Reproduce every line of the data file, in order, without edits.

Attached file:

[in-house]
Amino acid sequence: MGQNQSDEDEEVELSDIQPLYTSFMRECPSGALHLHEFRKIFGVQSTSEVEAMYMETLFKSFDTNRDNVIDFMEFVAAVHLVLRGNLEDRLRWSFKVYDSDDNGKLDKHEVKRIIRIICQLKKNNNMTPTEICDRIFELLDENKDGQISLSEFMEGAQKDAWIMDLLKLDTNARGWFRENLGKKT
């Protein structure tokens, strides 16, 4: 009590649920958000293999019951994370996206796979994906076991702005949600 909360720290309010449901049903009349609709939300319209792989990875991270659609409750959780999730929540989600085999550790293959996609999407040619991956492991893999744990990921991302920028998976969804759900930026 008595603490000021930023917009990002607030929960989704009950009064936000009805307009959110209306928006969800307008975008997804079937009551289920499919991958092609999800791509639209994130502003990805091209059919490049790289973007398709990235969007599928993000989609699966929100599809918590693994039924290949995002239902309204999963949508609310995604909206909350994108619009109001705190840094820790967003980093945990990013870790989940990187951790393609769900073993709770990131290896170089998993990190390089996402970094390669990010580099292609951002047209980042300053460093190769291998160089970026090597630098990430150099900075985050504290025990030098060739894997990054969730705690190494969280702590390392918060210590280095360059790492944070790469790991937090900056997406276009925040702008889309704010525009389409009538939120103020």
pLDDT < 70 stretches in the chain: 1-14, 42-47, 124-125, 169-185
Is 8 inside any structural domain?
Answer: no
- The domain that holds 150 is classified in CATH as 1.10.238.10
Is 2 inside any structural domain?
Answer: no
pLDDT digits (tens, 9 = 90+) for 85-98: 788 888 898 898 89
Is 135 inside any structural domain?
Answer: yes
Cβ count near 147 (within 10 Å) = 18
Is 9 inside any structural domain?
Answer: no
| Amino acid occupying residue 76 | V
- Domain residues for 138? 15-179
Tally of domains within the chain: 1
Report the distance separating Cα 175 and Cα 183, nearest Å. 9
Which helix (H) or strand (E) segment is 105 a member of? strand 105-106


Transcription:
[in-house]
Amino acid sequence: MGQNQSDEDEEVELSDIQPLYTSFMRECPSGALHLHEFRKIFGVQSTSEVEAMYMETLFKSFDTNRDNVIDFMEFVAAVHLVLRGNLEDRLRWSFKVYDSDDNGKLDKHEVKRIIRIICQLKKNNNMTPTEICDRIFELLDENKDGQISLSEFMEGAQKDAWIMDLLKLDTNARGWFRENLGKKT
């Protein structure tokens, strides 16, 4: 009590649920958000293999019951994370996206796979994906076991702005949600 909360720290309010449901049903009349609709939300319209792989990875991270659609409750959780999730929540989600085999550790293959996609999407040619991956492991893999744990990921991302920028998976969804759900930026 008595603490000021930023917009990002607030929960989704009950009064936000009805307009959110209306928006969800307008975008997804079937009551289920499919991958092609999800791509639209994130502003990805091209059919490049790289973007398709990235969007599928993000989609699966929100599809918590693994039924290949995002239902309204999963949508609310995604909206909350994108619009109001705190840094820790967003980093945990990013870790989940990187951790393609769900073993709770990131290896170089998993990190390089996402970094390669990010580099292609951002047209980042300053460093190769291998160089970026090597630098990430150099900075985050504290025990030098060739894997990054969730705690190494969280702590390392918060210590280095360059790492944070790469790991937090900056997406276009925040702008889309704010525009389409009538939120103020």
pLDDT < 70 stretches in the chain: 1-14, 42-47, 124-125, 169-185
Is 8 inside any structural domain?
Answer: no
- The domain that holds 150 is classified in CATH as 1.10.238.10
Is 2 inside any structural domain?
Answer: no
pLDDT digits (tens, 9 = 90+) for 85-98: 788 888 898 898 89
Is 135 inside any structural domain?
Answer: yes
Cβ count near 147 (within 10 Å) = 18
Is 9 inside any structural domain?
Answer: no
| Amino acid occupying residue 76 | V
- Domain residues for 138? 15-179
Tally of domains within the chain: 1
Report the distance separating Cα 175 and Cα 183, nearest Å. 9
Which helix (H) or strand (E) segment is 105 a member of? strand 105-106